Sharon met Palestinian speaker on plan for withdrawal by Israel

Rivals may be preparing for U.S. role after Iraqi war

February 09, 2003|By Peter Hermann | Peter Hermann,SUN FOREIGN STAFF

JERUSALEM - Israeli Prime Minister Ariel Sharon, in a rare face-to-face meeting with the speaker of the Palestinian parliament last week, proposed a way to gradually end the eight-month army occupation of Palestinian cities in the West Bank.

The meeting with Ahmed Qurei, known as Abu Ala, took place Wednesday at Sharon's desert ranch. First reported on Israeli Radio yesterday, it was confirmed by Palestinian sources and by an Israeli diplomatic source.

Officials on both sides said high-level meetings could resume this week. No timetable was put forward. It could take weeks or months of negotiations before it's decided whether Israeli troops should pull back.

Dov Weisglass, the deputy general of Sharon's office, declined to confirm that the meeting occurred. But in a radio interview yesterday, he outlined the proposal to curb violence and slowly restore self-rule to Palestinians living under curfews the Israeli army imposes.

"Everywhere the Palestinians succeed in preventing attacks or showing that they are making serious efforts to do so, Israel will act accordingly by changing its military deployments or by easing restrictions on trade and movement," Weisglass said.

Israel's army, which took over most West Bank cities after a series of suicide bombings in June, has withdrawn from Palestinian areas before, such as Bethlehem, only to return after attacks by militants resumed.

"We've had many disappointments," Weisglass said. "Now also the level of expectation is low."

Palestinian leader Yasser Arafat, in brief comments yesterday to reporters outside of his office in Ramallah, would not say whether the meeting took place. But he said, "We will deal with all parties for the sake of peace."

Israeli Radio reported yesterday that U.S. Ambassador Daniel C. Kurtzer attended another meeting last week involving Weisglass and Palestinian Interior Minister Hani al-Hassan, and suggested that its aim was to achieve quiet ahead of an American attack on Iraq.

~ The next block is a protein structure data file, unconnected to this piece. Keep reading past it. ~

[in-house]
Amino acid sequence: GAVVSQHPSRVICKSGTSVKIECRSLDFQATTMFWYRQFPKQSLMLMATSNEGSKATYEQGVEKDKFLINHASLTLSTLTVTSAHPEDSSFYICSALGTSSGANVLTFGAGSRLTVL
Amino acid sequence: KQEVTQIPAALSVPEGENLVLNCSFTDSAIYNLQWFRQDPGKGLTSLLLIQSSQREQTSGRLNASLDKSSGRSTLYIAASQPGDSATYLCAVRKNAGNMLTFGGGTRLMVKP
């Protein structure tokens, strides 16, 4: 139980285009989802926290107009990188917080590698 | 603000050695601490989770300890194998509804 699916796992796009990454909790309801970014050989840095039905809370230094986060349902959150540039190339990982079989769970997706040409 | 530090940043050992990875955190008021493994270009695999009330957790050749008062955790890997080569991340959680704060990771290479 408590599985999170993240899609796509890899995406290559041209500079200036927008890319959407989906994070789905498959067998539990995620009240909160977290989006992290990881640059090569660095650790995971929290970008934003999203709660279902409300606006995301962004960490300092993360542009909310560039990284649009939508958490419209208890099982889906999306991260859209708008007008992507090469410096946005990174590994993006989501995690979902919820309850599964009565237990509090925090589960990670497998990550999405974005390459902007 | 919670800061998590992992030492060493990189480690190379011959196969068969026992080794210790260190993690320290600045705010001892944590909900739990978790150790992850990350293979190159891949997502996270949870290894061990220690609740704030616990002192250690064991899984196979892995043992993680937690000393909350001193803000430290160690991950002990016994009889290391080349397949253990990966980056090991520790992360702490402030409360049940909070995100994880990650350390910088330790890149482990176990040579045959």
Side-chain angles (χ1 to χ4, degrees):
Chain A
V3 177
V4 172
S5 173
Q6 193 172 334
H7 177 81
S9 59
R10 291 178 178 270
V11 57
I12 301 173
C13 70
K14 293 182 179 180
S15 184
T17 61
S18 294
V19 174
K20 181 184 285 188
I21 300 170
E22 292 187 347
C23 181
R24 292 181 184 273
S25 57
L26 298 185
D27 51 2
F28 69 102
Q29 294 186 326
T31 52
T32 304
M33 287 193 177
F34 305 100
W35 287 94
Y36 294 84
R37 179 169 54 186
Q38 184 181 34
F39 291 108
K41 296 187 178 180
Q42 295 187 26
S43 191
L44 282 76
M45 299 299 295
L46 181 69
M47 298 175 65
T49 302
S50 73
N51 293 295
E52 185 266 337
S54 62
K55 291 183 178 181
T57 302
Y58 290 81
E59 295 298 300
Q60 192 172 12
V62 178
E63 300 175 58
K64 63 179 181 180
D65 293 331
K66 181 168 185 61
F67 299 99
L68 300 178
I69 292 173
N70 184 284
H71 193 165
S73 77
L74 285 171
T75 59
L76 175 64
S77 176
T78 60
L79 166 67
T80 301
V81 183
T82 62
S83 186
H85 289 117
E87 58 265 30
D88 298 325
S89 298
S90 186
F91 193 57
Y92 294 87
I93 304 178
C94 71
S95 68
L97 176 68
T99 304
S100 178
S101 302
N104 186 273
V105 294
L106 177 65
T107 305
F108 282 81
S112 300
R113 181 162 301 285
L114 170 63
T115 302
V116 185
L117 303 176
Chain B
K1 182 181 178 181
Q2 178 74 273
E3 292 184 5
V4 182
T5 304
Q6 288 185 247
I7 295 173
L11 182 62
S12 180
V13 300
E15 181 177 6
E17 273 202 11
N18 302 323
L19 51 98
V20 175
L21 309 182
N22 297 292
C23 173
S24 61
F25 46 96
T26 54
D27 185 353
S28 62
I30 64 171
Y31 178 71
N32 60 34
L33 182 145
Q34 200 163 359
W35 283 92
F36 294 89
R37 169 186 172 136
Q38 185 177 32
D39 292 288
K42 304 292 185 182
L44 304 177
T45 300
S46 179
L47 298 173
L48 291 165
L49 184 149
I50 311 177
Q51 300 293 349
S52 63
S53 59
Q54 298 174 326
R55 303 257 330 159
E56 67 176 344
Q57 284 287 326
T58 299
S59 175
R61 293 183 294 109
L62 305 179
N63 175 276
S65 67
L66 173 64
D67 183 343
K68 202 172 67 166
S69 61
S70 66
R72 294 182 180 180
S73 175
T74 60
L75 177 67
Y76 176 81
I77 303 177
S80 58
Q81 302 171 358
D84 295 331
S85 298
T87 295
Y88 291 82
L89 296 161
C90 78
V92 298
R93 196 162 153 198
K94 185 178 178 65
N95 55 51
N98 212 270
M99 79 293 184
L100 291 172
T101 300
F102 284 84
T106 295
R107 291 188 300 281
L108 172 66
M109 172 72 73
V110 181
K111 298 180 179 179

It appears that Sharon is trying to lay the foundation for a post-Iraqi war period, when he and Palestinian leaders expect U.S. officials to refocus on resolving their conflict. Both sides say they believe that peace is an inevitable byproduct.

Weisglass said the war would force the Palestinians to realize that Arafat's time has passed and that new leaders would be ushered in to negotiate a settlement. Palestinians say that after an Iraqi war, the world will force Israel to forge an agreement with Arafat.

Another possibility is that the surprise gesture is a political maneuver. Sharon, whose Likud Party won a landslide victory in the Jan. 28 election, is struggling to form a unity government with the center-left Labor Party, whose leaders have rejected invitations to join a coalition.

Weisglass said diplomatic overtures with the Palestinian Authority could help persuade Labor leaders, who are pushing to resume diplomatic talks, that Sharon is interested in pursuing peace and that he should be considered a partner.

Israeli officials described Wednesday's meeting as related to security and stressed that it did not violate Sharon's firm stance against conducting political negotiations "under fire" or while Arafat remains in power.

Sharon has repeatedly said, however, that his office remains open to Palestinian leaders who want to stop the fighting and reform their government. Israelis have considered Abu Ala, a top negotiator, as a moderate with whom they could talk and a possible successor to Arafat.

Palestinian leaders are reluctant to admit they are cooperating with Sharon, who openly calls for Arafat's ouster and has called the leader irrelevant. They say politics, not a sudden willingness to launch a cease-fire bid, is behind the gesture.

"That's why we should not be part of this game," said Palestinian Labor Minister Ghassan Khatib. "We should only be willing to negotiate when Sharon is ready to accept signed agreements. Any kind of withdrawal is a good idea, but Sharon is busy completing his reoccupation. There are no signs that he wants to stop."

But talks have been held in the past. Before last month's elections, Sharon met with Arafat's top deputy, Abu Mazen, and has sent his son, Omri, to many discussions with Palestinian leaders.

Few details of Sharon's meeting could be ascertained yesterday. Abu Ala's office did not return phone calls.

Weisglass said that in exchange for quiet, the army would allow in goods and give permits for Palestinian workers to enter Israel. He also noted that Israeli military leaders were pleased with attempts last week by Palestinian police in Gaza to prevent militant groups from launching missiles into settlements and communities.

The plan is similar to one that was implemented in Bethlehem last year. It failed after several weeks when a suicide bomber from a nearby village infiltrated Jerusalem and blew up a bus, killing 11 passengers. The army reoccupied Bethlehem the next day. Weisglass said the new proposal would work in much the same way, but in smaller areas and at a much slower pace.

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